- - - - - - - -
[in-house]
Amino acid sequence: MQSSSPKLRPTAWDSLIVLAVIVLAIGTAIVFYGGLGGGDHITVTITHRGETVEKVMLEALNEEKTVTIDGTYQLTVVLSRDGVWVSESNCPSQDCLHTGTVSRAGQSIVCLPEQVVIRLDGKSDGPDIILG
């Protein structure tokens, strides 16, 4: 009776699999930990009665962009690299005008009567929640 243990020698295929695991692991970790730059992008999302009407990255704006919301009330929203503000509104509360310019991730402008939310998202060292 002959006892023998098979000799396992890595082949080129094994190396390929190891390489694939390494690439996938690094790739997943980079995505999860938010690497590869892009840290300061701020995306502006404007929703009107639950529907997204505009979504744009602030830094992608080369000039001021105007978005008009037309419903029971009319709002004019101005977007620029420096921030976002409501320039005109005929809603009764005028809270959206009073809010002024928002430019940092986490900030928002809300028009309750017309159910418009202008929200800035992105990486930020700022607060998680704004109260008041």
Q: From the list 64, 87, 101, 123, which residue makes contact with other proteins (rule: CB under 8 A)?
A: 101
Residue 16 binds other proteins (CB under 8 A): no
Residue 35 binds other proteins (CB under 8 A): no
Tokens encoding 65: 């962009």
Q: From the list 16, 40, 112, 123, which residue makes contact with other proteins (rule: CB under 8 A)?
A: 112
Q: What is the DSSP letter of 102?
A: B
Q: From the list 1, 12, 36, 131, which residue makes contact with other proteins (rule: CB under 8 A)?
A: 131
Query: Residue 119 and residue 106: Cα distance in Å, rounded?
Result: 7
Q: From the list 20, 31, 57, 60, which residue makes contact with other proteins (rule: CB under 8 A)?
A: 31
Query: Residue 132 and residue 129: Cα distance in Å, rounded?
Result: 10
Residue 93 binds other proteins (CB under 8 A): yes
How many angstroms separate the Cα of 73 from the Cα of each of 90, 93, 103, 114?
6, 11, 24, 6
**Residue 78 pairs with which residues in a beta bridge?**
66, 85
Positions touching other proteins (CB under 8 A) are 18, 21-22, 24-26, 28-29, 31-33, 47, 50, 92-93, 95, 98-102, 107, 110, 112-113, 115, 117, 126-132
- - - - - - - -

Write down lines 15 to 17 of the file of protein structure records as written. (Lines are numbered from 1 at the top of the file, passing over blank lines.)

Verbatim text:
Query: Residue 119 and residue 106: Cα distance in Å, rounded?
Result: 7
Q: From the list 20, 31, 57, 60, which residue makes contact with other proteins (rule: CB under 8 A)?